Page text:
An Excerpt from India Unlimited by Arvind Panagariya

Underemployment is the key problem India needs to target. Doing so will help cut outright unemployment as well. Underemployment manifests itself in low-productivity employment. Some of this low productivity can be observed in daily life. For instance, it is commonplace in India to find two or more workers performing tasks that one worker can do. If a home appliance such as air conditioning or television requires servicing or the plumbing needs fixing, often two or more workers show up. But only one of them will actually perform the task, with the others either carrying the tools or simply providing company.

In government offices and even private companies, it is common to find workers sitting outside office doors nearly all day with little to do. Even workers in small and informal private enterprises can be seen taking long breaks or simply shirking their duties.

Concrete evidence of dominance of low-productivity jobs in India is to be found in a surprisingly large concentration of workforce in small, often tiny, and informal enterprises in both industry and services. The Indian industry and service sectors are perhaps unique in the world for being populated by such a large number of micro and small enterprises and such a small number of medium and large enterprises. The combination of low per worker productivity in micro and small enterprises and heavy concentration of employment in them translates into overall low per worker productivity in industry and services.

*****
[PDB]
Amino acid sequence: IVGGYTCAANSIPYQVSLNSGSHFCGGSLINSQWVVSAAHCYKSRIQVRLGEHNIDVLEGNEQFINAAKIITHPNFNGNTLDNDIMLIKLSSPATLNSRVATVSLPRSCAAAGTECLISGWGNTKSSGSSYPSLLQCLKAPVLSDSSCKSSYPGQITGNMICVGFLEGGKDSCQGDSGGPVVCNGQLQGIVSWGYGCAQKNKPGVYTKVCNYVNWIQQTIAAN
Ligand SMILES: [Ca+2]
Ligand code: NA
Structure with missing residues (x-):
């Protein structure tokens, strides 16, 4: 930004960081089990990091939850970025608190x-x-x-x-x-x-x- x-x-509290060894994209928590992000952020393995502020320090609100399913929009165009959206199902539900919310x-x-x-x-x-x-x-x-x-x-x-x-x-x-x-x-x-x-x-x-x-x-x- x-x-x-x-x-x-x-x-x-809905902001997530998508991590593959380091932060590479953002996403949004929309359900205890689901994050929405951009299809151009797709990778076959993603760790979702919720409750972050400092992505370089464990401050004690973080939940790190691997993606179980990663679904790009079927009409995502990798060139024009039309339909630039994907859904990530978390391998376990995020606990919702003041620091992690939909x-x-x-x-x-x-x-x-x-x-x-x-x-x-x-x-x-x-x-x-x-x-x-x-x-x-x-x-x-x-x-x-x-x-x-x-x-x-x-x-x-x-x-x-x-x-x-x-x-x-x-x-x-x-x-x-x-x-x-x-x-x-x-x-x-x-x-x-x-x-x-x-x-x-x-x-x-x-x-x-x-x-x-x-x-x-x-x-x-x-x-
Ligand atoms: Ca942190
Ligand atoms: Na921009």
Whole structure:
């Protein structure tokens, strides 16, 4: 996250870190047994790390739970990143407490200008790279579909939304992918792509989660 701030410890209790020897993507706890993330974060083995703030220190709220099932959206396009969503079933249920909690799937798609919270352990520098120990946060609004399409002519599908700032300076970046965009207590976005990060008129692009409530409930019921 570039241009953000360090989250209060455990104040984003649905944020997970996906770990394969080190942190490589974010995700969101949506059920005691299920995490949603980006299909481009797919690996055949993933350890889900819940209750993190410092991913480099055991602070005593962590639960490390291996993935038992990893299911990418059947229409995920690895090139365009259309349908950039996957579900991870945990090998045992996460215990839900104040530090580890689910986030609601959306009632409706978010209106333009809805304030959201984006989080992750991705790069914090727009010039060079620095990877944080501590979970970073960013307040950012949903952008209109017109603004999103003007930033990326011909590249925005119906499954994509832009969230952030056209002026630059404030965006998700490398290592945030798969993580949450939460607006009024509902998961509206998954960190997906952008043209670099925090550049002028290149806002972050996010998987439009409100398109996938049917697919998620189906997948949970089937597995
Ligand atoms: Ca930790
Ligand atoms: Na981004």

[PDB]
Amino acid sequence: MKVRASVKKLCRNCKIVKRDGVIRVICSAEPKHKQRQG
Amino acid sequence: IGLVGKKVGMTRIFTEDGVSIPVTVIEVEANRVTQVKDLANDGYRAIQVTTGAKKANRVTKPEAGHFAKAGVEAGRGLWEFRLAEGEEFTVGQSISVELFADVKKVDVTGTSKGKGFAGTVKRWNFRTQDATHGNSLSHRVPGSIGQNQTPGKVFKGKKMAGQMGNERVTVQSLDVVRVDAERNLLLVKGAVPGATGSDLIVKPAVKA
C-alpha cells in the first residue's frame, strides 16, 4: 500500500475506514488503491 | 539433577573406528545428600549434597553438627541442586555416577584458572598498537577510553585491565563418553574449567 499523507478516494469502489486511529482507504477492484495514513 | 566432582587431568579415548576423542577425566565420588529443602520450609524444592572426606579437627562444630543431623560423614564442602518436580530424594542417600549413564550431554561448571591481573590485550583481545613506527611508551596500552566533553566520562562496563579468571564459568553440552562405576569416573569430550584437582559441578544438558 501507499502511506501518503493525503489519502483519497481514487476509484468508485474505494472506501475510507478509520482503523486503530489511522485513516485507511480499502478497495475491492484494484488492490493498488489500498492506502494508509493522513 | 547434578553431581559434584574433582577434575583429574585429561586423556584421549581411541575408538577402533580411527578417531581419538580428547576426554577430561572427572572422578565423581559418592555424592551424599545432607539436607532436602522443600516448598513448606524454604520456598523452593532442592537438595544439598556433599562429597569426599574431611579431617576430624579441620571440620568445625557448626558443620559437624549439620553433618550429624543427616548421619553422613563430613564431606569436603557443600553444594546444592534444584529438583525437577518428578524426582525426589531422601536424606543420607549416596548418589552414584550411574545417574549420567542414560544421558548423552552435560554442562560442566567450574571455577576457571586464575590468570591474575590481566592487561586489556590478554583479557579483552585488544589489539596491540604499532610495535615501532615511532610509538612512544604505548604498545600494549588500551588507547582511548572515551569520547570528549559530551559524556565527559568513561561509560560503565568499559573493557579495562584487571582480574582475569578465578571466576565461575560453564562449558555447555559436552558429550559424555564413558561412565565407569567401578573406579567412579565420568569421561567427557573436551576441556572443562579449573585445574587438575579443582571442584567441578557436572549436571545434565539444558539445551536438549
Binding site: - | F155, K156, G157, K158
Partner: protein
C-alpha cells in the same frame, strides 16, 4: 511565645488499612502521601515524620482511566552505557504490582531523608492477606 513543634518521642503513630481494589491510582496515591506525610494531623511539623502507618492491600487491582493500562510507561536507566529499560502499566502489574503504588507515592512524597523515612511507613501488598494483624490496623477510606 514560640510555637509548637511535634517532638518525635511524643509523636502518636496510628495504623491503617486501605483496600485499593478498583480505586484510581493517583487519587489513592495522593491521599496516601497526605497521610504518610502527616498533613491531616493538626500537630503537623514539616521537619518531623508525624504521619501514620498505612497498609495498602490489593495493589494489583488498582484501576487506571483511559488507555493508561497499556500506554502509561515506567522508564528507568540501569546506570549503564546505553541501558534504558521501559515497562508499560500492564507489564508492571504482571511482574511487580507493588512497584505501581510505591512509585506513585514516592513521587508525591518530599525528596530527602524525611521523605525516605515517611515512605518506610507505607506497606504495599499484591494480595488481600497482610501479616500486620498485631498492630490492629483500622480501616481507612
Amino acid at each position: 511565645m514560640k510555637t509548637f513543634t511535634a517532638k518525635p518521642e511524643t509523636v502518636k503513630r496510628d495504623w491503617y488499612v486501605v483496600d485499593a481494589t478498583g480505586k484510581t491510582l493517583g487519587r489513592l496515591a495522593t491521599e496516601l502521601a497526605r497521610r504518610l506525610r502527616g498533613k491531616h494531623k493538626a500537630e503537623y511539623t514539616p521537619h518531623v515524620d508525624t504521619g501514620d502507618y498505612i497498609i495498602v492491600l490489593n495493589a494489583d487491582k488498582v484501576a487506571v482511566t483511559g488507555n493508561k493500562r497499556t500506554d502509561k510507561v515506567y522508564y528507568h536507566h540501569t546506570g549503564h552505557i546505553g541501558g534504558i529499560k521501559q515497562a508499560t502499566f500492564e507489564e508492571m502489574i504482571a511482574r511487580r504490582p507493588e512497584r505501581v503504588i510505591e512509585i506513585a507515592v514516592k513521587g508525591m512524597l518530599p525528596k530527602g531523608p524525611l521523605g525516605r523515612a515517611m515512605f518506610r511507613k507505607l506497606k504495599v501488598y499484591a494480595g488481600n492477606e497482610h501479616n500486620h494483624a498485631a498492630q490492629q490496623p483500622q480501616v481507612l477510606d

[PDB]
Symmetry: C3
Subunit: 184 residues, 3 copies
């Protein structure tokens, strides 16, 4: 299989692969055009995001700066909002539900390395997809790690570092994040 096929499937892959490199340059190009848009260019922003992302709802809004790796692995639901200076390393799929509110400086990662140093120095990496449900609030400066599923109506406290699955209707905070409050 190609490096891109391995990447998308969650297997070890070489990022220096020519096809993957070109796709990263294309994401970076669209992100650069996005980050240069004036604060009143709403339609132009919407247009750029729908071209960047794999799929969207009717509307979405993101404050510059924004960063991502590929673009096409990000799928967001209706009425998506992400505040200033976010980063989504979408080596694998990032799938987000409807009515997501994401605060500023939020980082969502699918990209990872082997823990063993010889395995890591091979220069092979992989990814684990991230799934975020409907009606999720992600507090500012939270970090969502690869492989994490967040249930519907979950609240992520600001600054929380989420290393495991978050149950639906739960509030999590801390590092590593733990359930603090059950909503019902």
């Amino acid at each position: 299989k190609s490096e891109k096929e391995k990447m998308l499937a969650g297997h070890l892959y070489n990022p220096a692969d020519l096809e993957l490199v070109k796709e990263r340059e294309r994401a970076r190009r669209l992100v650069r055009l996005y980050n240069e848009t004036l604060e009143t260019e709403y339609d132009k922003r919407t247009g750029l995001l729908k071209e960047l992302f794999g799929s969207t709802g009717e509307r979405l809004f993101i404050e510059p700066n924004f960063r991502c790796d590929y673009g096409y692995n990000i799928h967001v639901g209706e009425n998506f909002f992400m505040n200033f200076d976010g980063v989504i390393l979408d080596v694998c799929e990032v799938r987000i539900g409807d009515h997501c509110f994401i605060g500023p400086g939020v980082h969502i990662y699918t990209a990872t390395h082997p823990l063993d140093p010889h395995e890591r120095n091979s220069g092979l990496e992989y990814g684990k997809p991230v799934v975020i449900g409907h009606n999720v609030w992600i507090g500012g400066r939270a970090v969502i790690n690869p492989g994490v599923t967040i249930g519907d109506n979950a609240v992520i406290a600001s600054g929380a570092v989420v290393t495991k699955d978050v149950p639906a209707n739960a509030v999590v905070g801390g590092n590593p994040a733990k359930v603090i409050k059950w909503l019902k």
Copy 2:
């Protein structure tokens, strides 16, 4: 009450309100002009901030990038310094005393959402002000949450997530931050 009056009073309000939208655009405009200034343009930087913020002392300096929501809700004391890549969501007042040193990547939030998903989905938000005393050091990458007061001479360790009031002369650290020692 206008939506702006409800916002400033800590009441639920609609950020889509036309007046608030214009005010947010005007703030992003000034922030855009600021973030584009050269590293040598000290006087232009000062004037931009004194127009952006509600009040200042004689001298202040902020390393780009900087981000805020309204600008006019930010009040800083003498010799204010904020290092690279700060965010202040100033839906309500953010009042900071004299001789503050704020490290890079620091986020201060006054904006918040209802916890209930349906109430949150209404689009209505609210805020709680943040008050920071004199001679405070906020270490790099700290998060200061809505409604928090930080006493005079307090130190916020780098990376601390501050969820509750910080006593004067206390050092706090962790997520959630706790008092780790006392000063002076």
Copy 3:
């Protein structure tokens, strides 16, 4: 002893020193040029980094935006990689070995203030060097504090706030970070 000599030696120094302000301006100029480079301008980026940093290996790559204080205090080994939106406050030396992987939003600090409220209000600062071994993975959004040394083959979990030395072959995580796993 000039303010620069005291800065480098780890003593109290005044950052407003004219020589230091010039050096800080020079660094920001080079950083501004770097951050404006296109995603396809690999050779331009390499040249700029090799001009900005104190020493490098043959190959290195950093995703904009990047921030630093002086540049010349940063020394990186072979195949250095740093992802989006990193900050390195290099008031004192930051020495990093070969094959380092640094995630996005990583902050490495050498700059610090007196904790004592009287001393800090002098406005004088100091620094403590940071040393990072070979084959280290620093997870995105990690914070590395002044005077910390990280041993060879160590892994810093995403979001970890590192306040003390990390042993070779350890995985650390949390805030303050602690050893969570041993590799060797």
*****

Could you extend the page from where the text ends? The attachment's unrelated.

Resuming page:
Before presenting the evidence, it bears noting that enterprise surveys, which are the only sources of detailed estimates on the distribution of workforce, output and wages by enterprise size, remain highly partial in coverage in India. Indeed, even the periodic Economic Censuses, which aim to collect information on a handful of variables from all enterprises in all non-agricultural enterprises, fall well short of covering the entire non-agricultural workforce. For instance, the number of non- agricultural workers reported in the latest Economic Census, conducted in 2013/14, was only 131 million, compared with 243 million based on the Employment–Unemployment Survey of 2011/12.

There are two sets of enterprise surveys in India: the Annual Survey of Industries (ASI) conducted annually by the Central Statistical Office (CSO) and the survey of unincorporated or unorganized sector non-agricultural enterprises periodically conducted by the NSO. The former is confined to manufacturing enterprises registered under certain sections of the Factories Act, 1948. The latter covers unincorporated enterprises in both industry and services with some sectors such as the financial services or construction occasionally excluded. It explicitly excludes enterprises covered by the ASI. The two surveys are, thus, mutually exclusive in their coverage.

The latest NSO survey on unincorporated enterprises relates to the year 2015/16 and covers all non-agricultural sectors except construction. The enterprises account for a total of 111.3 million workers. Keeping in mind that the total number of workers identified by the 2013/14 Economic Census, which also covered incorporated enterprises, was 131 million, it can be concluded with a reasonable degree of confidence that the survey covers 80 per cent or more of non- agricultural workforce identifiable in all non-agricultural enterprises. Therefore, an extremely large part of the workforce in India remains employed in the informal sector.